VAPA Visual Arts Resource Teacher, La Mesa, CA
Don Masse’s earliest art-related memory is getting in trouble for drawing on one of the mint green walls in the family room with a bright red crayon. Since then, his love for the language of visual arts has never waned. He is motivated to create by a desire to leave a positive mark, whether transient or long-lasting, on the people in his life and the communities that he is part of. Masse has taught in the San Diego Unified School District since 2001, where he is firmly committed to introducing his students to the work of contemporary artists (including numerous ones in San Diego) from a variety of backgrounds and creative fields. Masse believes that students should see themselves in the curriculum so that they feel valued and loved. He also feels that students become more engaged with visual arts content and design challenges when they can see these elements being applied by diverse artists working in today’s world. When he is not in the classroom, one can often find him with a piece of chalk in hand, drawing either in the street or in the safety of his own living room.
Fine Arts Educator, Blairstown, NJ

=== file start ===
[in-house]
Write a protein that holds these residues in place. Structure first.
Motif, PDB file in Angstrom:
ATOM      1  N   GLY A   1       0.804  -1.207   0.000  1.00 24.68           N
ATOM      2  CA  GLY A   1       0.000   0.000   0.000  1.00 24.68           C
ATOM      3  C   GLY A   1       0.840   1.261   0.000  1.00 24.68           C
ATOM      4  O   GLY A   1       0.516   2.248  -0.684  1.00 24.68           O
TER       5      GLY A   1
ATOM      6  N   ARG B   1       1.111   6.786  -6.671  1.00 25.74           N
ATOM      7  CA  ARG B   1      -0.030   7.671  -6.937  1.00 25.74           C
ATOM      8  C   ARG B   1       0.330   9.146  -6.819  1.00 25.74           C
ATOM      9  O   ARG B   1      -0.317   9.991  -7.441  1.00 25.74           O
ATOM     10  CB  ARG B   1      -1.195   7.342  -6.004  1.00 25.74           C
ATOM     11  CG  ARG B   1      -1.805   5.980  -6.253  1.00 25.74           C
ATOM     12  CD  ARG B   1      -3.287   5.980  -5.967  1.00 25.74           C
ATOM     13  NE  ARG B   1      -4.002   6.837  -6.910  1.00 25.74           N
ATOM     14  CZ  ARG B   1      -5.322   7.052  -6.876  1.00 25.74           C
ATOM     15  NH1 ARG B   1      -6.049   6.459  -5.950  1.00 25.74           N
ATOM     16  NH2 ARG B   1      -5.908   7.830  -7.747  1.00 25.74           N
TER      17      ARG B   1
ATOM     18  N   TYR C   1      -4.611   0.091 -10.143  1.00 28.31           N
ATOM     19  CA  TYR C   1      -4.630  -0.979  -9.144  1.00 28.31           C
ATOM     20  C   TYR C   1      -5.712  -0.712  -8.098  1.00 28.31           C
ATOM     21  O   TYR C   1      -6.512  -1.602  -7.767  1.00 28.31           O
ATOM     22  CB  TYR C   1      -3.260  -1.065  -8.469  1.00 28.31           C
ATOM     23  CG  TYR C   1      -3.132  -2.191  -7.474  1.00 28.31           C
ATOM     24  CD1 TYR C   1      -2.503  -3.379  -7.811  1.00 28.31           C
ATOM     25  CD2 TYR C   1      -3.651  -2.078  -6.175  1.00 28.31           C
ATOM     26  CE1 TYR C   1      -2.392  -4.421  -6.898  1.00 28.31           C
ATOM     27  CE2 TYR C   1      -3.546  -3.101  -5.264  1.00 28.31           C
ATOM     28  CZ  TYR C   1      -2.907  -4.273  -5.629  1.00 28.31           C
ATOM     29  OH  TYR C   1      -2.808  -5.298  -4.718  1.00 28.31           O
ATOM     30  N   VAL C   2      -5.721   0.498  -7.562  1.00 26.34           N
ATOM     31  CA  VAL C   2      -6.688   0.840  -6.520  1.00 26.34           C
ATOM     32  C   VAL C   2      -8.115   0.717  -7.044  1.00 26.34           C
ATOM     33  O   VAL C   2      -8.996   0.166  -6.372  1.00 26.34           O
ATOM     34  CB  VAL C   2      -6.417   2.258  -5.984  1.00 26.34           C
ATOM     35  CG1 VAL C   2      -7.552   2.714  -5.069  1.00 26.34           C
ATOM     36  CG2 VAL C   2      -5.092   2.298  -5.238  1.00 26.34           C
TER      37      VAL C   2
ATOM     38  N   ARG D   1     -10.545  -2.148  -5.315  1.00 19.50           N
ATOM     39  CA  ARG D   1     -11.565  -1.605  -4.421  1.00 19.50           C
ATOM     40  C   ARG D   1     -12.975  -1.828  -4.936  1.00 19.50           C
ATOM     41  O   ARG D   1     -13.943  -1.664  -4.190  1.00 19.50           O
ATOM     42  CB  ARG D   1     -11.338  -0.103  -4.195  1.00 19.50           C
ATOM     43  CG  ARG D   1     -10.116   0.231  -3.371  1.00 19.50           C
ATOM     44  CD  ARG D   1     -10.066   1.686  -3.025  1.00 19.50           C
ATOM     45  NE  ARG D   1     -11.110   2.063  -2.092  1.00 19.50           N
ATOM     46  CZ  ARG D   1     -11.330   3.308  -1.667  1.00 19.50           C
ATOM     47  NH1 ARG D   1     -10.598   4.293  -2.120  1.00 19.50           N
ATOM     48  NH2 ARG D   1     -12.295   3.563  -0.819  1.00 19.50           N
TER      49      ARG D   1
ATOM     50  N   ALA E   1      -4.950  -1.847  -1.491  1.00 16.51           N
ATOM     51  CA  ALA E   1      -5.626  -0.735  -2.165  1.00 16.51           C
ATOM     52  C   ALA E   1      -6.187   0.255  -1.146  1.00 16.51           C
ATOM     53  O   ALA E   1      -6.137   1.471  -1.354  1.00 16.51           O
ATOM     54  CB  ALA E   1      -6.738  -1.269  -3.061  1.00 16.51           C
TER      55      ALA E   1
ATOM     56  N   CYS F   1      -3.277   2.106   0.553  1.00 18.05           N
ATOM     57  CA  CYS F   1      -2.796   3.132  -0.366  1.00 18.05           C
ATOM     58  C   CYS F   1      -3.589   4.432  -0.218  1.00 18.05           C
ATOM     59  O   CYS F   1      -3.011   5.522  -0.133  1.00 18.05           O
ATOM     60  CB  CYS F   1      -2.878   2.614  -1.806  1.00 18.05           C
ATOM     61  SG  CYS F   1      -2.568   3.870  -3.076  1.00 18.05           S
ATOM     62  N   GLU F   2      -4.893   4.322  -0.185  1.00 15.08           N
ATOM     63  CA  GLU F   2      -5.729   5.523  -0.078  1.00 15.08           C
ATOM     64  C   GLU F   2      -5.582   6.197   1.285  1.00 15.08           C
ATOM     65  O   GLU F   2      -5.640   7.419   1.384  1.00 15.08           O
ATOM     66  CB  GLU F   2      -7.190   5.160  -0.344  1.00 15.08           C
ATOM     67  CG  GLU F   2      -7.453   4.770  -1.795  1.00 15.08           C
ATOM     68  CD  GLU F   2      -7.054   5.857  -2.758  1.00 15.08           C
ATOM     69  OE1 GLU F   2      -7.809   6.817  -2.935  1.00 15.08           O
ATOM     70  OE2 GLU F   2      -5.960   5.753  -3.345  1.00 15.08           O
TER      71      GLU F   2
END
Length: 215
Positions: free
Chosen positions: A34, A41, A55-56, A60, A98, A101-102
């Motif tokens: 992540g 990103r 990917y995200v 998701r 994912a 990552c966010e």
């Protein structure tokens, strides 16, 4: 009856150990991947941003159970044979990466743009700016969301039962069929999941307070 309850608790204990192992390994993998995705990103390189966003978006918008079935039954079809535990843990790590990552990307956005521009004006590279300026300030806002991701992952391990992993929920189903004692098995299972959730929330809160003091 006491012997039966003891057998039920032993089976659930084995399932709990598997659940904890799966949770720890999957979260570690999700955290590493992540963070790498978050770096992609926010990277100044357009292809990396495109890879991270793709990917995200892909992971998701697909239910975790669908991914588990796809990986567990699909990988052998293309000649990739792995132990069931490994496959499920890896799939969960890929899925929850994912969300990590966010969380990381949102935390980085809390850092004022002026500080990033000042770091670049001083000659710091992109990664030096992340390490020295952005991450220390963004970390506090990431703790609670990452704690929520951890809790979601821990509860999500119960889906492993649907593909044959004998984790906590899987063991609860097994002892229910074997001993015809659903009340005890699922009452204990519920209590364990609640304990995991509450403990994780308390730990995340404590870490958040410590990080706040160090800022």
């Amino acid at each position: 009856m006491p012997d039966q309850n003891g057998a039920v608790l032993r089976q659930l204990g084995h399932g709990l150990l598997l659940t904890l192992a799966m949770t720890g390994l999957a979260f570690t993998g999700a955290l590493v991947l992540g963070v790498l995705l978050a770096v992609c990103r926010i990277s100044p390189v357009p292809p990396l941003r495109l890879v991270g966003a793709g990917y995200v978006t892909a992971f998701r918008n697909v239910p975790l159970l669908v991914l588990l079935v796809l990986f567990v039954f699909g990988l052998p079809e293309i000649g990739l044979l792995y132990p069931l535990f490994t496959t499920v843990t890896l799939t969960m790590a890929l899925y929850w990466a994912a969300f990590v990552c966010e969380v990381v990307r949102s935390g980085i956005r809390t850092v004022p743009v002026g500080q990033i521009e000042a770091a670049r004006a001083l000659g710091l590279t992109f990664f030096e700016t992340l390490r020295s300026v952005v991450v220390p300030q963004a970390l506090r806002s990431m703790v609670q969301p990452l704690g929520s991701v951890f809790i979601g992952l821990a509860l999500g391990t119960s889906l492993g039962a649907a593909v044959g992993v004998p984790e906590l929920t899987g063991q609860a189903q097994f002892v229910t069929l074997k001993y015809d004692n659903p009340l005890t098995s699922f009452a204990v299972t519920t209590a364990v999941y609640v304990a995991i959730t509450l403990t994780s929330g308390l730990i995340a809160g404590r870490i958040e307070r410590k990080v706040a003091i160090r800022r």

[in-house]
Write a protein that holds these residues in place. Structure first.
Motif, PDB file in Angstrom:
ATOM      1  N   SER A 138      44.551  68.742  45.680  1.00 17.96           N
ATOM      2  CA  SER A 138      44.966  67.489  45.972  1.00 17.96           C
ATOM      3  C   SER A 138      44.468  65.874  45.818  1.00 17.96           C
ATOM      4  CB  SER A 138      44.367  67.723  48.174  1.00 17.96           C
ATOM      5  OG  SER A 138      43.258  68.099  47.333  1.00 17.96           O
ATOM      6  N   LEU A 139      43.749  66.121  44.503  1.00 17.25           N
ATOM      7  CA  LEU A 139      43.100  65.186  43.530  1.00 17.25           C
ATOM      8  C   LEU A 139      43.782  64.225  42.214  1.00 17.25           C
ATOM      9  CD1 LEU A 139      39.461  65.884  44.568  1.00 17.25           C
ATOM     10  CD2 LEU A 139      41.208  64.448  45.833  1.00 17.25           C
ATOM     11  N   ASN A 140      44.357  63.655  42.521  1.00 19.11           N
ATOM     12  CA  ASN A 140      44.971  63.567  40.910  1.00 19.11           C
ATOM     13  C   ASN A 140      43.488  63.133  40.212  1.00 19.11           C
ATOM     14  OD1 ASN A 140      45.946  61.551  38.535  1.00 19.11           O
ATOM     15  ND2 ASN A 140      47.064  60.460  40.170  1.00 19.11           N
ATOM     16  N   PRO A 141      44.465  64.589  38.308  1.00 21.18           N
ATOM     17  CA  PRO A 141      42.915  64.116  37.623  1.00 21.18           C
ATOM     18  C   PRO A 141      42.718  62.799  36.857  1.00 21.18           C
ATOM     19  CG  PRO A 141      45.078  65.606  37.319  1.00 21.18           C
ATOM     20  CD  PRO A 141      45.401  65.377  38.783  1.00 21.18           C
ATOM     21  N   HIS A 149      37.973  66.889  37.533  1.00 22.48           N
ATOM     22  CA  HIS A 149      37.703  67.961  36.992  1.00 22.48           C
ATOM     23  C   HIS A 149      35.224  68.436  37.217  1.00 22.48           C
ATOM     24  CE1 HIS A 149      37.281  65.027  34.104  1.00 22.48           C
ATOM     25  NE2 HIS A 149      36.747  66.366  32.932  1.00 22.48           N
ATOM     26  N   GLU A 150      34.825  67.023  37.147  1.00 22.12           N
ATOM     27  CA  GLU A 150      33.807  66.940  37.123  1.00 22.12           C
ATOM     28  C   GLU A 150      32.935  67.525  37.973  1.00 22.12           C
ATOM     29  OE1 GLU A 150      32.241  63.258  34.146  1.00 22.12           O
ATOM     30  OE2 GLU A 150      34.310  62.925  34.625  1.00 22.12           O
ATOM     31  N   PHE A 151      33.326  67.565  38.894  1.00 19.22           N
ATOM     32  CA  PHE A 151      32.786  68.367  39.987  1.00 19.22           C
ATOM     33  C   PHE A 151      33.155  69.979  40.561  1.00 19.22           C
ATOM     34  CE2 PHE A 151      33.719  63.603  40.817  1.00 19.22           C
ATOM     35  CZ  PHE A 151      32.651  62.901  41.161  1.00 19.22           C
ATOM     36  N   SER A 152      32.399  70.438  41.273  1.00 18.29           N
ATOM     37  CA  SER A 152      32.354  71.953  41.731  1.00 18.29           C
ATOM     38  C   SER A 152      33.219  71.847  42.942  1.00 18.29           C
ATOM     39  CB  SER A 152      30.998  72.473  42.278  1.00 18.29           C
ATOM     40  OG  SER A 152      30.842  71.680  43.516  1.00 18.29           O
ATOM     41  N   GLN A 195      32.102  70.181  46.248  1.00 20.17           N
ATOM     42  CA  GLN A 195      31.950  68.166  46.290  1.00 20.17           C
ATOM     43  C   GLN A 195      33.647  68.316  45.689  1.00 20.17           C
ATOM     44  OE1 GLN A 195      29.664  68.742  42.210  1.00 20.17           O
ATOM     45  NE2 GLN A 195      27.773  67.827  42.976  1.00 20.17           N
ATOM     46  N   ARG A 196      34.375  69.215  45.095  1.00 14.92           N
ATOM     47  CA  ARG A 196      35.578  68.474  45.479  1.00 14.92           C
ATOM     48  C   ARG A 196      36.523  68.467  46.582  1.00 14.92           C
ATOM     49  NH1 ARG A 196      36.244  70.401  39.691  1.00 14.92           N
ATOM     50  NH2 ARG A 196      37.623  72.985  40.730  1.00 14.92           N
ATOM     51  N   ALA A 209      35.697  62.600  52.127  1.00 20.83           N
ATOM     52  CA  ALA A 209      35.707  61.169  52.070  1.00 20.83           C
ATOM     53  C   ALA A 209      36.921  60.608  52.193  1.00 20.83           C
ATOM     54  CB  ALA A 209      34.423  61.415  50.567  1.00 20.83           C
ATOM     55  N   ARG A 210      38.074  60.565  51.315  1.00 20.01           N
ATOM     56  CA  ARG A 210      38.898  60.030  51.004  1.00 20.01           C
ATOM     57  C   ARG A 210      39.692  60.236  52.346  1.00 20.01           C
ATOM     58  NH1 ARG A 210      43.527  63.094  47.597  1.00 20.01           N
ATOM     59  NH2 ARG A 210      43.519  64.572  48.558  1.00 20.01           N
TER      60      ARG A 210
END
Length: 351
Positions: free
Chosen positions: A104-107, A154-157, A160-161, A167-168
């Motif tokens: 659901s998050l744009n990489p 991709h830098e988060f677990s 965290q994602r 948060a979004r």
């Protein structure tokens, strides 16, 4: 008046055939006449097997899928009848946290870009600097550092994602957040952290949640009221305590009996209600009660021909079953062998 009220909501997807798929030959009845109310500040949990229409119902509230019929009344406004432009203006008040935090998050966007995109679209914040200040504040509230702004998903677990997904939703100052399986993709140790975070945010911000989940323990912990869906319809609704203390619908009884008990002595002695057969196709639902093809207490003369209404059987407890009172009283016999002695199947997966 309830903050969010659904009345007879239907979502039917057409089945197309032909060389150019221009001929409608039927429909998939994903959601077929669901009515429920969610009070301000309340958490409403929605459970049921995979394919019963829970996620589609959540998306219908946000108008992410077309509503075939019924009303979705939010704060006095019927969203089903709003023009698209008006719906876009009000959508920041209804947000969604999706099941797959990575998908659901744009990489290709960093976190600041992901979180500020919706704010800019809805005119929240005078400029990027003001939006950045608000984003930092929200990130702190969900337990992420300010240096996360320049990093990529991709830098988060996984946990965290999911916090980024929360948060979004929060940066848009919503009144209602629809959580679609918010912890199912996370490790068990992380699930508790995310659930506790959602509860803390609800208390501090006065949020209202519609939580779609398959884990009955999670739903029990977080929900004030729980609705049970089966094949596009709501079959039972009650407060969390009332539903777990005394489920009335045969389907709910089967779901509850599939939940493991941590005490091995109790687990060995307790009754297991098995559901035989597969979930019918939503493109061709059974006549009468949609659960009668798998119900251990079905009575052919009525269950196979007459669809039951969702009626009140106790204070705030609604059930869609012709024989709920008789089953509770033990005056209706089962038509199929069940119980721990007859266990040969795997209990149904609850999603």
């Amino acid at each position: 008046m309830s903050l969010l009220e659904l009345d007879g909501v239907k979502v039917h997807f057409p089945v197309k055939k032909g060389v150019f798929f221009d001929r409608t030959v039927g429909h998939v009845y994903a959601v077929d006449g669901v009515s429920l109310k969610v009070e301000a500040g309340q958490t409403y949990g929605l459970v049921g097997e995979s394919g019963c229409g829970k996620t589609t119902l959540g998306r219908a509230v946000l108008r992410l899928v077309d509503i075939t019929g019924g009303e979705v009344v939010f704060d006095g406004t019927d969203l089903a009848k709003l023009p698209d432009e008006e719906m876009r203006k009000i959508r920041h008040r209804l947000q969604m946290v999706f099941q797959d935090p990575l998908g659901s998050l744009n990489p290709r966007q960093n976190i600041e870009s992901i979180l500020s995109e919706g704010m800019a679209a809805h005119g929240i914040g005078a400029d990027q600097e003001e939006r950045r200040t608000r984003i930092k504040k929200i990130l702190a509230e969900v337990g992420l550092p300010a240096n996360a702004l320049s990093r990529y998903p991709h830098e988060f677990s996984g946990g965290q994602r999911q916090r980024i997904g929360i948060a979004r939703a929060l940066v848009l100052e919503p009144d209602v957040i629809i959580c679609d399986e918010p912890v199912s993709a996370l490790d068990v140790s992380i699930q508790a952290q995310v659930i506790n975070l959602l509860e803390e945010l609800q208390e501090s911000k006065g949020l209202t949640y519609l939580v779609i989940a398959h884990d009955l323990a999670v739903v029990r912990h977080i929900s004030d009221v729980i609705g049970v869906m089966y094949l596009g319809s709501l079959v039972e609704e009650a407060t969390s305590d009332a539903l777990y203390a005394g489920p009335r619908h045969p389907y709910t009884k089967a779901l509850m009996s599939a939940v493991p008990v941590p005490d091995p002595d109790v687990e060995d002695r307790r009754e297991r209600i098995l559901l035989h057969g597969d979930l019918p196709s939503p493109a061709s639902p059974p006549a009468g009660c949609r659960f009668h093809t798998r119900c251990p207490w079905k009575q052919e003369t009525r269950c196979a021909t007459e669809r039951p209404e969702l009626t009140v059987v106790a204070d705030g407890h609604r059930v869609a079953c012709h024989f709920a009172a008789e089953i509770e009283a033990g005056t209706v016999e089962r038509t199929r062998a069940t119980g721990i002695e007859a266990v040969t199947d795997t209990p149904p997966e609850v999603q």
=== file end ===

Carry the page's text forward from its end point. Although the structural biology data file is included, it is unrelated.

Evan Thomas is an artist, educator, and advocate for social justice. A teacher of fine art at Philadelphia-area independent schools from 2009 to 2015, he joined Blair Academy’s faculty in 2015, where he teaches drawing, painting, and photography courses. Thomas serves as the faculty advisor for the Black and LatinX Student Union and as the SEED (Seeking Educational Equity and Diversity) program leader for faculty and staff. He earned a bachelor’s degree in art education from Kutztown University (2009), a master’s degree in art education from Boston University (2013), and recently earned a certificate in school management and leadership from Harvard’s Graduate School of Education (2021). An active member of the Art Educators of New Jersey and the National Art Education Association (NAEA), he currently serves as President of the NAEA’s Independent School Art Educators Interest Group, and he piloted NAEA’s Certificate for Cultural Competency in Teaching and Leadership (2021). Thomas’s interests include STEAM education, the subject of his graduate research; advancing issues of diversity, equity, and inclusion; and engaging local communities in art. Outside the classroom, he operates a successful portrait and wedding photography business, and he coaches winter and spring track.